By Jeremy Podolski
Eli snapped the frozen stalactite from its moorings on the gutter overhead and raised it in a fencer’s salute, eyes fixed on Sasha.
“Olé!” he offered before attacking the space in front of her with a flourish, like a maniacal poet inking stanzas in the cold, empty air.
Sasha’s shrug was hardly visible through the winter parka and layers of knit sweaters keeping her warm, but she added a deliberate eye roll for good measure.
“Don’t you mean ‘en garde?’” she snarked.
“Touché,” Eli replied with raised eyebrow. He held the tip of the icicle against the dull light of the ebbing sun, as if examining his blade for imperfections, then abruptly bit off the tip and chomped it noisily.
“You are so weird,” Sasha said, turning her back so he wouldn’t see the snowball she was shaping between her purple, fur-trimmed mittens. “What time’s the truck coming?”
“Four. But with the weather, they’ll probably be late.” He quieted then, drumming the shortened ice spear against his leg.
“You know, my iPod better not be in one of those boxes. You said you were gonna bring it over yesterday, but I never saw you.” She heaved the snowball at his chest then, and it exploded in a nebula of powder and ice. The glimmering dust settled on Eli’s dark hair and lashes, salt and pepper lending comic contrast to his young face.
“Well, you’re not getting it back now,” said Eli, straight-lipped, looking professorial. “Besides, I want something to remember you by.”
“You need that to remember me?” Sasha said, feigning injury, surprised to find she actually felt a bit injured.
“No, I’d just rather have your iPod than your ferret or your Vampire Weekend T-shirt.” He glanced around, as if looking for a place to sit, but the narrow strip of yard between their two houses was smothered in undulating, wet snow. He was glad he was still holding the icicle. It gave him something to do with his hands.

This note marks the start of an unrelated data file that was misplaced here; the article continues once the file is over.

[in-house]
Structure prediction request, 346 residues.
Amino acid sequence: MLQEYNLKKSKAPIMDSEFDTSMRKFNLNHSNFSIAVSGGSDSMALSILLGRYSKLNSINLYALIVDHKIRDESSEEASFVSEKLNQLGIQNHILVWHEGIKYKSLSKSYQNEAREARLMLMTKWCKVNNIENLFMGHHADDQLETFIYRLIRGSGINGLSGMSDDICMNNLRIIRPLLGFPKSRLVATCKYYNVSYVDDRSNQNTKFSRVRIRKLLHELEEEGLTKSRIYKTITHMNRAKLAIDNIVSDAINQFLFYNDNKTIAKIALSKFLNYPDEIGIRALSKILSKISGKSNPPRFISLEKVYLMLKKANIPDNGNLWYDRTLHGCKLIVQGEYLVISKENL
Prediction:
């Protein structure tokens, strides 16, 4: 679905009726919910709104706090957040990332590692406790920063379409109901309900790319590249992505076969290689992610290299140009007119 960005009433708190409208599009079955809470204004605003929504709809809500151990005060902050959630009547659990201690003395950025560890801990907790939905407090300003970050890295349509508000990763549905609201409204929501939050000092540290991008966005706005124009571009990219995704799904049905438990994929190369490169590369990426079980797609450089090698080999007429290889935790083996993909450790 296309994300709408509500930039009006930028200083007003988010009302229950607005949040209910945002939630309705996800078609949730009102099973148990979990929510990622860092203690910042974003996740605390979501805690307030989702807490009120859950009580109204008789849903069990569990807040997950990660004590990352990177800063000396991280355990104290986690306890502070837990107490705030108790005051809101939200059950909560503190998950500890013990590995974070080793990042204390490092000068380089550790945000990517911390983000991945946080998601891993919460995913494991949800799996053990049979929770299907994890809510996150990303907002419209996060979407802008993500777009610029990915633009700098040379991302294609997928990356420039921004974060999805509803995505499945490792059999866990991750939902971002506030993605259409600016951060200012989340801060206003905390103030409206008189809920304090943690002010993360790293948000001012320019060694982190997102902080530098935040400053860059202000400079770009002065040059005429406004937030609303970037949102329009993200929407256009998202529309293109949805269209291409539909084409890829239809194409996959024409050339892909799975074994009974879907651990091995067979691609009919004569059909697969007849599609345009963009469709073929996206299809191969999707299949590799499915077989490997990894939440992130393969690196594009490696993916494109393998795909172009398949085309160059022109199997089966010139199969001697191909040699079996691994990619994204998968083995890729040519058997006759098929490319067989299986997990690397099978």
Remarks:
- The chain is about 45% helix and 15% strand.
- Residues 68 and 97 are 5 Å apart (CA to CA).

“What’s winter going to be like there?” she asked after a long silence.
“I don’t know. Not like here,” Eli said. “I heard it rains.”
“Eli!” An echoing interruption, the husky voice of his father. “Come help me with this sofa!”
“Sorry,” Eli said quietly. “I’ll drop off your iPod before we leave.”
He tossed the icicle toward her, and she clapped her mittens together, clumsily catching the tapered end while the wider base broke under its own weight and disappeared into the drift near her feet. She waited for him to lob an insult, the perfect opportunity to mock her and run, but Eli had already vanished around the corner of his garage, his boots now clomping on the bare concrete.
Rain instead of snow. She’d hate that, she thought. The cleanliness of the white soothed her, hid the desolation left in the wake of autumn. Snow spread like a glaze of perfection over the dead, blemished landscape. Its only drawback was its transience.
An icicle’s existence was even more fleeting – born only in the right conditions – a modest thaw, a precarious edge, a sustaining freeze. She plunged her hand into the snowbank, suddenly anxious to locate the rest of the sunken icicle. It should have been easy; the impression in the snow created by its falling was obvious. All she had to do was grab it. But as she tried to dig, the snow just compressed, becoming like ice itself, camouflaging the object to sight and touch.
The faster and more frantically she searched, the more impossible the task seemed, as if she were trying to differentiate one gallon of water in the ocean from another. Her perspiration chilled her as it mingled with the falling temperature. Sweat and melted snow soaked her mittens until she ripped them off and cast them to the ground. With her bare hands, she reached into the hole she had burrowed to find its walls as smooth and hard as glass. She scratched at them with her fingernails but only came away with thin curls of ice that bit at her numbing skin with frosty malice.
Kneeling now, Sasha looked to the gutter overhanging the side of her home. At least thirty icicles clung to the roofline, virtually identical, none more distinct than the next, but the one she wanted was trapped out of reach. For the moment, it was preserved in its frozen vault. By tomorrow, it would be a casualty of the thaw.